Emphasis on the Running Game

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    Wesley Hitt/Getty Images

    When the Aggies played LSU in Baton Rouge, the running backs combined for six carries in the game. Trey Williams and Ben Malena had three carries each in the blowout loss. 

    Tra Carson did not have a single carry in the game. That is unacceptable in any game, but especially in a game where the elements and injuries to your quarterback are limiting the passing game. 

    Williams, Carson and Malena all need to get at least 10 touches each against Duke. Williams is the type of explosive player who can score a touchdown every time he touches the ball. 

    If Manziel declares early for the NFL draft, then the 2014 offense should be focused around getting Williams the ball. It would behoove Clarence McKinney to give Aggie fans a preview of that in the bowl game. 

    There is no point in recruiting gifted running backs if you are not going to use them. McKinney needs to find ways to better utilize the running backs on the roster, or the Aggies will find an offensive coordinator who can. 

Improved Defensive Play

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    Jamie Squire/Getty Images

    The Aggies had one of the worst defenses in the country in 2013. Injuries forced the coaches to go with youth at many positions, and the results were not always positive. 

    After 12 games of playing in the SEC, the freshmen on the team cannot use youth as an excuse anymore. The coaches and players had 12 games to prepare for a Duke offense that averaged 31.6 points and 408.1 yards per game. 

    The Blue Devils feature quarterback Anthony Boone on offense. The 6'0", 230-pound sophomore is a dual-threat athlete who has rushed for 187 yards and four touchdowns on the season. 

    His size and ability to move around behind the line of scrimmage could give the Aggies trouble. Boone's sophomore teammate Jamison Crowder leads the Blue Devils with 96 receptions for 1197 yards and seven touchdowns.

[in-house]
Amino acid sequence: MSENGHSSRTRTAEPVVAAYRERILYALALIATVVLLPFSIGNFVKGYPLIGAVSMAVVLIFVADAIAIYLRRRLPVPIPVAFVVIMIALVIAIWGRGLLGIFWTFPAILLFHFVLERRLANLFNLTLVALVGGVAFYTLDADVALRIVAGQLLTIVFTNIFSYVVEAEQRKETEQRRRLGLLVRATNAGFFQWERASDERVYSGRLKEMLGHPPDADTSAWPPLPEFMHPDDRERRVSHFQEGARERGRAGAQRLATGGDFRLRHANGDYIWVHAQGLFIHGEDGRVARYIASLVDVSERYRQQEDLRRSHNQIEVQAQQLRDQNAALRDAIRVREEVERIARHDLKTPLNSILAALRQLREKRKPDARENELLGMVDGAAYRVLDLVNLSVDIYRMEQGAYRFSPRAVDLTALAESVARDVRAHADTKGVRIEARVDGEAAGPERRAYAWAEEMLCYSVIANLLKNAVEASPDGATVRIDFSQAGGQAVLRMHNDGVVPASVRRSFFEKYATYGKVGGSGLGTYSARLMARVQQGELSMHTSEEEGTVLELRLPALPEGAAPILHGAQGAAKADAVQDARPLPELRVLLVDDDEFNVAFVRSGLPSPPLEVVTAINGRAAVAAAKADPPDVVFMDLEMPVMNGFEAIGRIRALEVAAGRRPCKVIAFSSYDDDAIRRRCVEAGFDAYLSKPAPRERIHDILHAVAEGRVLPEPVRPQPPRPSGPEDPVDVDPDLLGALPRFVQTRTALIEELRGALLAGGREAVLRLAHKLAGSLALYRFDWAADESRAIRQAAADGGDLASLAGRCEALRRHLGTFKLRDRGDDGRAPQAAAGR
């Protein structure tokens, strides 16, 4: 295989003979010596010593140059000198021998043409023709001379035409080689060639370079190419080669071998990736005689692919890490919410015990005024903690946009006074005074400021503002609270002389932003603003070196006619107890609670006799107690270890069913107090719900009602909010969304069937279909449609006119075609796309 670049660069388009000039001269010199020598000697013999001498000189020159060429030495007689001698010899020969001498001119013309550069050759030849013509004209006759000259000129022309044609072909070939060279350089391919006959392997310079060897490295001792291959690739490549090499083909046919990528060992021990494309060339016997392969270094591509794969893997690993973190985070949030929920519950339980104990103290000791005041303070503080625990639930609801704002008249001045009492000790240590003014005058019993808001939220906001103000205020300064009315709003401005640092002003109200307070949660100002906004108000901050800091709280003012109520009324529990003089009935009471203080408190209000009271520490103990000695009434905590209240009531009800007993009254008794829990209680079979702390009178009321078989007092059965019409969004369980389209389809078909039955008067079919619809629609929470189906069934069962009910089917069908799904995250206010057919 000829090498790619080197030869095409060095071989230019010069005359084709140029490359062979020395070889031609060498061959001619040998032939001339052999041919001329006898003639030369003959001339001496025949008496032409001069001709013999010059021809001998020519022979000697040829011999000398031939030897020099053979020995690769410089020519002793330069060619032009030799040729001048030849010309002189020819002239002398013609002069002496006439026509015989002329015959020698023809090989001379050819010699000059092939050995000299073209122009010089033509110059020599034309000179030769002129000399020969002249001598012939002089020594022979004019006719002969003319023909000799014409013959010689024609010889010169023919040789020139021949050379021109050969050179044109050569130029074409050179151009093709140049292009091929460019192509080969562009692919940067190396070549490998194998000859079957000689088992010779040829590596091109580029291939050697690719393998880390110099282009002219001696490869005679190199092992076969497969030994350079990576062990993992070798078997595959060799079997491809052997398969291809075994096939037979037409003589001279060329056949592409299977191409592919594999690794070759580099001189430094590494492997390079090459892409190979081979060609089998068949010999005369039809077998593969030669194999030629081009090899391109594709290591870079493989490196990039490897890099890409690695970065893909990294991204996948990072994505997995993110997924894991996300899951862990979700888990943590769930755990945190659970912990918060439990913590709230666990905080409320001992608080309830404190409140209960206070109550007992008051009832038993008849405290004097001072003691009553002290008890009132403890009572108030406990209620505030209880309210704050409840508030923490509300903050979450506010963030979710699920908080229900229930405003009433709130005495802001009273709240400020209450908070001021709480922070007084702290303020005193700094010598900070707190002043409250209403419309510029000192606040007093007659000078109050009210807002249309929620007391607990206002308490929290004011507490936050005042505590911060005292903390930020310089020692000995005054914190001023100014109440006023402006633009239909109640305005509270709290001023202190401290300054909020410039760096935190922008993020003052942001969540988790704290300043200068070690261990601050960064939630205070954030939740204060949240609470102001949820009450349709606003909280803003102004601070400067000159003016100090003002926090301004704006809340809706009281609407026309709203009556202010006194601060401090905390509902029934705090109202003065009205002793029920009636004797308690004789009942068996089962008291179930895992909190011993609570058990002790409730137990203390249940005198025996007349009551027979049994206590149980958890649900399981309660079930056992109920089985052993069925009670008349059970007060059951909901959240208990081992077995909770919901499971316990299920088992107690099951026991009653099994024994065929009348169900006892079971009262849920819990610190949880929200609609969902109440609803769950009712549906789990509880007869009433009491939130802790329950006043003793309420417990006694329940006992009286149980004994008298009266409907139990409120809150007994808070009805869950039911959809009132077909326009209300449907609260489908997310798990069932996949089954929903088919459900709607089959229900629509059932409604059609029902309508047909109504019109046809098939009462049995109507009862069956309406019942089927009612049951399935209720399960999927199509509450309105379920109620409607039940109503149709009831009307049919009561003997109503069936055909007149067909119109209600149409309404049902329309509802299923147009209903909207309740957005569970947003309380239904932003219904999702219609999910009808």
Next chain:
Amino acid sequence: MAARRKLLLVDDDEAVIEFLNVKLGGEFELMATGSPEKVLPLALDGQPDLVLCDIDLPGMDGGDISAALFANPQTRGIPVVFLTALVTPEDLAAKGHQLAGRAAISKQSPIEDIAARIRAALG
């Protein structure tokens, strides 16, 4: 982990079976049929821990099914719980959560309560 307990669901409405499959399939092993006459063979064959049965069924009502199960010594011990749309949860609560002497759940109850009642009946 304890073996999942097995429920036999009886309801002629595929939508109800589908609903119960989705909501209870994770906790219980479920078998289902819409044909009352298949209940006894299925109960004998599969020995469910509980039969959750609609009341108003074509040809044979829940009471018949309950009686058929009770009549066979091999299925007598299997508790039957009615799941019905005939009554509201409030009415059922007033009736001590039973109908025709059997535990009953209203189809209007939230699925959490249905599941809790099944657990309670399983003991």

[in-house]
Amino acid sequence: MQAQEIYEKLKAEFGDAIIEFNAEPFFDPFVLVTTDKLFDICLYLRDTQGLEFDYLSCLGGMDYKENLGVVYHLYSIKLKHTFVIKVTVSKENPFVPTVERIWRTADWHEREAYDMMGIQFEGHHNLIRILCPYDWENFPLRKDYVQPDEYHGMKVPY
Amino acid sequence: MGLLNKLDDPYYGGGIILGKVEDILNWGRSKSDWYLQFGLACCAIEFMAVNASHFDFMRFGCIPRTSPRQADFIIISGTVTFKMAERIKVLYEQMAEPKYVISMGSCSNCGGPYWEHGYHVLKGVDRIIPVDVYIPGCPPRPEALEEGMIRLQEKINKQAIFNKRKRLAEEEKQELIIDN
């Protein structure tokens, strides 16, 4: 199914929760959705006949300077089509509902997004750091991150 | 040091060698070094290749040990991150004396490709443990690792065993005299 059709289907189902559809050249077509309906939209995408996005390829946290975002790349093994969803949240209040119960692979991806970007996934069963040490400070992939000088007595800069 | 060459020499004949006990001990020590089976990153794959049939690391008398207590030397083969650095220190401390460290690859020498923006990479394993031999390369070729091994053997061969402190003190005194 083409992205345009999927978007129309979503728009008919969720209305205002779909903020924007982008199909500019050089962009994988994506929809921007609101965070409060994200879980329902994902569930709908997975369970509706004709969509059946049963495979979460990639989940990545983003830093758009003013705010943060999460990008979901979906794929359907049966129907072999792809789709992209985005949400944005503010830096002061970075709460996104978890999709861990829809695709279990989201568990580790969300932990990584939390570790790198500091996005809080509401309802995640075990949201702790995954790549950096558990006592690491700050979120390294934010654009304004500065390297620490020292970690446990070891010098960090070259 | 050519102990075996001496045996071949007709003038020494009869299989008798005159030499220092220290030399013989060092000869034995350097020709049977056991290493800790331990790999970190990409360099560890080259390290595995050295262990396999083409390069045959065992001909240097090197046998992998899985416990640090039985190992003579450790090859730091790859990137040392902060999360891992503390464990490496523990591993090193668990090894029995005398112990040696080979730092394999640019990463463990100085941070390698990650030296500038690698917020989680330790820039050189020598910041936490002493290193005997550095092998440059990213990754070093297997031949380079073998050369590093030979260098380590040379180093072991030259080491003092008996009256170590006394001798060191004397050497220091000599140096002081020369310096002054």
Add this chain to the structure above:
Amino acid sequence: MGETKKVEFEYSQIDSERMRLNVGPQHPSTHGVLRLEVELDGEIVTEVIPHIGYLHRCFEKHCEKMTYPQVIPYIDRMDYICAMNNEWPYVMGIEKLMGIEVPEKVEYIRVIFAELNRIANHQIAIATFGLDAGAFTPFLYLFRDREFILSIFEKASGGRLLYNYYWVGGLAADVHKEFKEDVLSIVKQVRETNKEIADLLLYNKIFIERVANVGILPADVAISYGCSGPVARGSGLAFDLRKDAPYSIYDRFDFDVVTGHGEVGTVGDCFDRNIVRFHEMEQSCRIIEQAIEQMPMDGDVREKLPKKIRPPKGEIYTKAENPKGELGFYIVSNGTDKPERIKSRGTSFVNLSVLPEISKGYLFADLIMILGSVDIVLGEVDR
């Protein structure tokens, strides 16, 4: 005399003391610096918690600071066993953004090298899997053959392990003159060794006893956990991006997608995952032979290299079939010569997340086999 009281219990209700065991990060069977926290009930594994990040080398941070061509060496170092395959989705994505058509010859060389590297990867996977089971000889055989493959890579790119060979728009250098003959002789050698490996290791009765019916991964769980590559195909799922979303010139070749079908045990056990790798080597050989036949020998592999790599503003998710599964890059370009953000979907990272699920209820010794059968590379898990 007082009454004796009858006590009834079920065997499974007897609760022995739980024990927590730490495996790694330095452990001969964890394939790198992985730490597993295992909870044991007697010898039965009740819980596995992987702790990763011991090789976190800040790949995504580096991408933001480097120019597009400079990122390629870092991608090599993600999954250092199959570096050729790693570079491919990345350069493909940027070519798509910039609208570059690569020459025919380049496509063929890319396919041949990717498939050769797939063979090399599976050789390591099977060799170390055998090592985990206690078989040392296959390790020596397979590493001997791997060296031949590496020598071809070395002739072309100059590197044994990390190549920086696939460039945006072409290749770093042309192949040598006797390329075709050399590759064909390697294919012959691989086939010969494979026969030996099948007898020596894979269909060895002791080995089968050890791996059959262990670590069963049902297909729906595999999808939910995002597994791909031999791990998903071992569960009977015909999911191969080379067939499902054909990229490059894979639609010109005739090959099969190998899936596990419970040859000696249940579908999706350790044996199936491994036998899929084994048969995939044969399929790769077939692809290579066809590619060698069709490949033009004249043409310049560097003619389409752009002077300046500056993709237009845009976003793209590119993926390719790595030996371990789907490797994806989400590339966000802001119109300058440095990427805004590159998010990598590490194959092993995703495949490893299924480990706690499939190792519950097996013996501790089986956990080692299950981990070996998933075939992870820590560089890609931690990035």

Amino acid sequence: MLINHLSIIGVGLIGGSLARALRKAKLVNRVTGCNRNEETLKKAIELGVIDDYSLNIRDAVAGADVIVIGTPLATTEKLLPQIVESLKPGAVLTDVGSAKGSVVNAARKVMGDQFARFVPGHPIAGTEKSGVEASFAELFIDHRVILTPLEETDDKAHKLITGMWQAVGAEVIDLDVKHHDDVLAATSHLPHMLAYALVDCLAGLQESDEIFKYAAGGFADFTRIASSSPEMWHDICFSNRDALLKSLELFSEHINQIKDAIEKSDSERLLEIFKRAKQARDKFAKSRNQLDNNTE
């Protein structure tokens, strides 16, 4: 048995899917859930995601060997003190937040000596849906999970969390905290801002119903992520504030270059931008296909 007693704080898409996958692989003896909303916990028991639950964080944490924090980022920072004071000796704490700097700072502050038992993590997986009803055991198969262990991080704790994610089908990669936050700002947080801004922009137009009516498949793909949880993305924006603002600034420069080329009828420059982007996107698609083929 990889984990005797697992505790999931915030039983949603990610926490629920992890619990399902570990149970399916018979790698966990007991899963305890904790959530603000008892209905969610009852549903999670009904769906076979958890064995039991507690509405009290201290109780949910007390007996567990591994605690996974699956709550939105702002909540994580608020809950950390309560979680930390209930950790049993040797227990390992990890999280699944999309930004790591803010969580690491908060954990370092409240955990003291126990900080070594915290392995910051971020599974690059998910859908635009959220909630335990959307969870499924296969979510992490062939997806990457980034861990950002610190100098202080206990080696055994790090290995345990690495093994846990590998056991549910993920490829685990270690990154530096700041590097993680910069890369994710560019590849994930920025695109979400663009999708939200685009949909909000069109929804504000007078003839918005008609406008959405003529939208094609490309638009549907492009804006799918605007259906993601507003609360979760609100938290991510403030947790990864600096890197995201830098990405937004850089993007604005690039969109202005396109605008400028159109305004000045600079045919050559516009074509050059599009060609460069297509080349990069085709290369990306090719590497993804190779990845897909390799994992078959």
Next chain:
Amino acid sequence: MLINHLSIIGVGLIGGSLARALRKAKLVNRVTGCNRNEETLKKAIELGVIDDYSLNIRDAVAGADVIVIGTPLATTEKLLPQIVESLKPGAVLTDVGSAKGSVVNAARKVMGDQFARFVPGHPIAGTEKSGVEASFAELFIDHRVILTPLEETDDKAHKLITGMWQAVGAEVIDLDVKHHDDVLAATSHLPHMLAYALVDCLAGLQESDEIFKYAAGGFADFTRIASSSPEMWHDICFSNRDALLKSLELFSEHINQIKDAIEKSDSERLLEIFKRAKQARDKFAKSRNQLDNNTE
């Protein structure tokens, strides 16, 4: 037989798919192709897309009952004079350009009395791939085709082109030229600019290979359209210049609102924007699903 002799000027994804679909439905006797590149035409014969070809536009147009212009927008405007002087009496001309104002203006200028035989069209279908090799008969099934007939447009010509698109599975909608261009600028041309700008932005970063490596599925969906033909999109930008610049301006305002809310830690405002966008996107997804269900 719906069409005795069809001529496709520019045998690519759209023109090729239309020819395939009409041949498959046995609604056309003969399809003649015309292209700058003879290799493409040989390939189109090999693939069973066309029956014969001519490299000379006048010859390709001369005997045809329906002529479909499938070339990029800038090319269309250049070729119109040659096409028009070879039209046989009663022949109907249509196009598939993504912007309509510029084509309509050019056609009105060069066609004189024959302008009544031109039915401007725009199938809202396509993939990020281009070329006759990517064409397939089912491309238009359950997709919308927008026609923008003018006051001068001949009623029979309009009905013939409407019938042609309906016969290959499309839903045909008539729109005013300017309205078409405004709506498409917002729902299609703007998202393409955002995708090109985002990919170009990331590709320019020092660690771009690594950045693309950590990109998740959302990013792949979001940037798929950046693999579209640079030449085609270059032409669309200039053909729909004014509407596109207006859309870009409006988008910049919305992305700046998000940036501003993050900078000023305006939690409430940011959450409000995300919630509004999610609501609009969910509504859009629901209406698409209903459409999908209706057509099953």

The Aggies simply need to play their game on defense in order to win this game. Control the line of scrimmage and keep the Duke offense off schedule so they can force punts.

    With a month to prepare, the Aggies should be ready for anything Duke throws at them. Aggie fans should expect to see solid tackling and good overall defense in this game. If A&M allows Duke to get 400 yards of offense, then it is a disappointment.  

Solid Special Teams

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    Peter G. Aiken-USA TODAY Sports

    The Aggies need to be solid on special teams against Duke. The Blue Devils feature one of the best kick returners in the nation in freshman cornerback DeVon Edwards. 

    Edwards averages 31.1 yards per kickoff return and has scored two touchdowns. The freshman also has two interception returns for touchdowns in 2013. 

    He is one of the best freshmen football players in the country and is someone the Aggies must contain. Edwards' kick returns can give Duke good field position and momentum. The Aggies coverage teams need to stay in their lanes and hold him in check. 

    Special teams are one of the forgotten areas when looking at how teams match up in bowl games. The Aggies need to be solid, and not allow Duke to break off any big plays in the punting or kicking game.